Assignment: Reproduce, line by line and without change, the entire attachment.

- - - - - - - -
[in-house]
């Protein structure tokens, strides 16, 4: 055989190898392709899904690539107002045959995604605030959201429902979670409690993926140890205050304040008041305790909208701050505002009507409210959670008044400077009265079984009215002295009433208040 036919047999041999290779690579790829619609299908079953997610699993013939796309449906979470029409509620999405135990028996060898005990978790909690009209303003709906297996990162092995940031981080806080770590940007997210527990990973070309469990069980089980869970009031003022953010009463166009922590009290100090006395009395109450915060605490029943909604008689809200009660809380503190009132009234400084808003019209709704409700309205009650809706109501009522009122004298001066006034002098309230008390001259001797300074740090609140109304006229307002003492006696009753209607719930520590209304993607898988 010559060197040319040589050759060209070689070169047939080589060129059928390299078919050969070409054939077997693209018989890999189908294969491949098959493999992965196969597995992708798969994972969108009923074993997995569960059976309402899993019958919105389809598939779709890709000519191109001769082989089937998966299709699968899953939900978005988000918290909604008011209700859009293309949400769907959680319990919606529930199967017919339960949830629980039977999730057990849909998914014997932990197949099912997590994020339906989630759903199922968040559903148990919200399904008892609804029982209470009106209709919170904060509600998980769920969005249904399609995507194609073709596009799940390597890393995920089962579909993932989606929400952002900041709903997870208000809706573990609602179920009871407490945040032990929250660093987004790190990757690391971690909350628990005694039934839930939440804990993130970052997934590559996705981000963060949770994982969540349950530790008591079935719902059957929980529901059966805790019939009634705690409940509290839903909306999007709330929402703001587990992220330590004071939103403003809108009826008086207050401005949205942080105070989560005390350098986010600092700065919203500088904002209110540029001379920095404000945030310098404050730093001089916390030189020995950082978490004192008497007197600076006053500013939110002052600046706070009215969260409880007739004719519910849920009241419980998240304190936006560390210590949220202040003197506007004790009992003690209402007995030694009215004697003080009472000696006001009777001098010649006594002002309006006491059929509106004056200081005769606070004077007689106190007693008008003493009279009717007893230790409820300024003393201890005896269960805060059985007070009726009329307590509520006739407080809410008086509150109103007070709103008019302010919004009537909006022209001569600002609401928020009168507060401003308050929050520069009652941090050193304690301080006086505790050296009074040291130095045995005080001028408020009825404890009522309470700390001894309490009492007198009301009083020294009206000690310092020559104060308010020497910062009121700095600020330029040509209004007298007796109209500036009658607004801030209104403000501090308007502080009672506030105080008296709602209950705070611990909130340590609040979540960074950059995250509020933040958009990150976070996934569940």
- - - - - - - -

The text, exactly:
[in-house]
């Protein structure tokens, strides 16, 4: 055989190898392709899904690539107002045959995604605030959201429902979670409690993926140890205050304040008041305790909208701050505002009507409210959670008044400077009265079984009215002295009433208040 036919047999041999290779690579790829619609299908079953997610699993013939796309449906979470029409509620999405135990028996060898005990978790909690009209303003709906297996990162092995940031981080806080770590940007997210527990990973070309469990069980089980869970009031003022953010009463166009922590009290100090006395009395109450915060605490029943909604008689809200009660809380503190009132009234400084808003019209709704409700309205009650809706109501009522009122004298001066006034002098309230008390001259001797300074740090609140109304006229307002003492006696009753209607719930520590209304993607898988 010559060197040319040589050759060209070689070169047939080589060129059928390299078919050969070409054939077997693209018989890999189908294969491949098959493999992965196969597995992708798969994972969108009923074993997995569960059976309402899993019958919105389809598939779709890709000519191109001769082989089937998966299709699968899953939900978005988000918290909604008011209700859009293309949400769907959680319990919606529930199967017919339960949830629980039977999730057990849909998914014997932990197949099912997590994020339906989630759903199922968040559903148990919200399904008892609804029982209470009106209709919170904060509600998980769920969005249904399609995507194609073709596009799940390597890393995920089962579909993932989606929400952002900041709903997870208000809706573990609602179920009871407490945040032990929250660093987004790190990757690391971690909350628990005694039934839930939440804990993130970052997934590559996705981000963060949770994982969540349950530790008591079935719902059957929980529901059966805790019939009634705690409940509290839903909306999007709330929402703001587990992220330590004071939103403003809108009826008086207050401005949205942080105070989560005390350098986010600092700065919203500088904002209110540029001379920095404000945030310098404050730093001089916390030189020995950082978490004192008497007197600076006053500013939110002052600046706070009215969260409880007739004719519910849920009241419980998240304190936006560390210590949220202040003197506007004790009992003690209402007995030694009215004697003080009472000696006001009777001098010649006594002002309006006491059929509106004056200081005769606070004077007689106190007693008008003493009279009717007893230790409820300024003393201890005896269960805060059985007070009726009329307590509520006739407080809410008086509150109103007070709103008019302010919004009537909006022209001569600002609401928020009168507060401003308050929050520069009652941090050193304690301080006086505790050296009074040291130095045995005080001028408020009825404890009522309470700390001894309490009492007198009301009083020294009206000690310092020559104060308010020497910062009121700095600020330029040509209004007298007796109209500036009658607004801030209104403000501090308007502080009672506030105080008296709602209950705070611990909130340590609040979540960074950059995250509020933040958009990150976070996934569940």